Alliant Energy designated Michaels Energy to develop an efficient grocery store that would break the conventional design mold. Grocery stores have for decades used inefficient rack refrigeration systems because they are “reliable” and provide adequate backup in case of compressor failure. The systems are inefficient compared to design features employed by industrial refrigeration systems. Why can’t industrial refrigeration design elements be incorporated into supermarkets to make a quantum leap in energy efficiency? Michaels investigated.

Starting with an energy efficiency report provided by another utility, Michaels chose to take aim at the biggest energy user in any grocery store: the refrigeration system. Alliant Energy and Michaels presented Hy-Vee with a refrigeration system design that looks more like an industrial design than a conventional run-of-the-mill rack system. The design incorporates:

  • Open drive reciprocating compressors with step unloading. There are two compressors each for three suction temperatures, -30F, 20F, and 35F.
  • The low stage (low temperature) compressors discharge to the suction side of the high stage (high temperature) compressors. This two-stage compressor plant design saves significant energy.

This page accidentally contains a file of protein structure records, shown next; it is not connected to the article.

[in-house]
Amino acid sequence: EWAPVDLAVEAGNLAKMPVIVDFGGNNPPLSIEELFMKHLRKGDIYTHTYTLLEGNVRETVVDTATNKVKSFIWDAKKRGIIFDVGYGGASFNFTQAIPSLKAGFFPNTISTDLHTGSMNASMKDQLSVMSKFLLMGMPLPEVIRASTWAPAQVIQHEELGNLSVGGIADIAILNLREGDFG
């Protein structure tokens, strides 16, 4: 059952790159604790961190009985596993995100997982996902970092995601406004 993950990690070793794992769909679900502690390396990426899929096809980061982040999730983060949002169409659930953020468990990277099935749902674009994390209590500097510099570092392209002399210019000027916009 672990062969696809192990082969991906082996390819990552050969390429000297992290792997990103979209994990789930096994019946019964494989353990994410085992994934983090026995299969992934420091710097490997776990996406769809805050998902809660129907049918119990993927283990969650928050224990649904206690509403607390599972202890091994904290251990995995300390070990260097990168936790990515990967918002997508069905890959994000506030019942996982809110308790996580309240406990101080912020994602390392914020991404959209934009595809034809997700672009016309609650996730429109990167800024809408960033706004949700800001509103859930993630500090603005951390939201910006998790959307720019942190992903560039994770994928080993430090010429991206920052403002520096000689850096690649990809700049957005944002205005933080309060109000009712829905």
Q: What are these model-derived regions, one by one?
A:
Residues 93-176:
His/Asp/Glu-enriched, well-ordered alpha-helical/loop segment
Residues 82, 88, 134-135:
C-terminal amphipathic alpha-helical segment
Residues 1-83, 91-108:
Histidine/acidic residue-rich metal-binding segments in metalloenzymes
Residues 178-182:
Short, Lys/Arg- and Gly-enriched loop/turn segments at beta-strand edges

• The compressors discharge hot refrigerant gas to an evaporative condenser on the roof. The evaporative condenser has a variable speed drive to save energy. But more importantly, the evaporative condenser allows condensing temperature and pressure to be as low as weather conditions will allow. This greatly reduces compressor energy consumption.


The industrial-type refrigeration system uses approximately 50% less energy than the conventional rack system, saving nearly 1.5 million kWh per year for a typical 80,000 square foot store. This is a reduction of about 30% for the entire store’s energy consumption, which includes lighting and HVAC. Additional measures including demand-controlled ventilation, kitchen hood exhaust controls, and efficient evaporator fan motors and fan blades were identified and implemented for an additional 800,000 kWh in annual savings.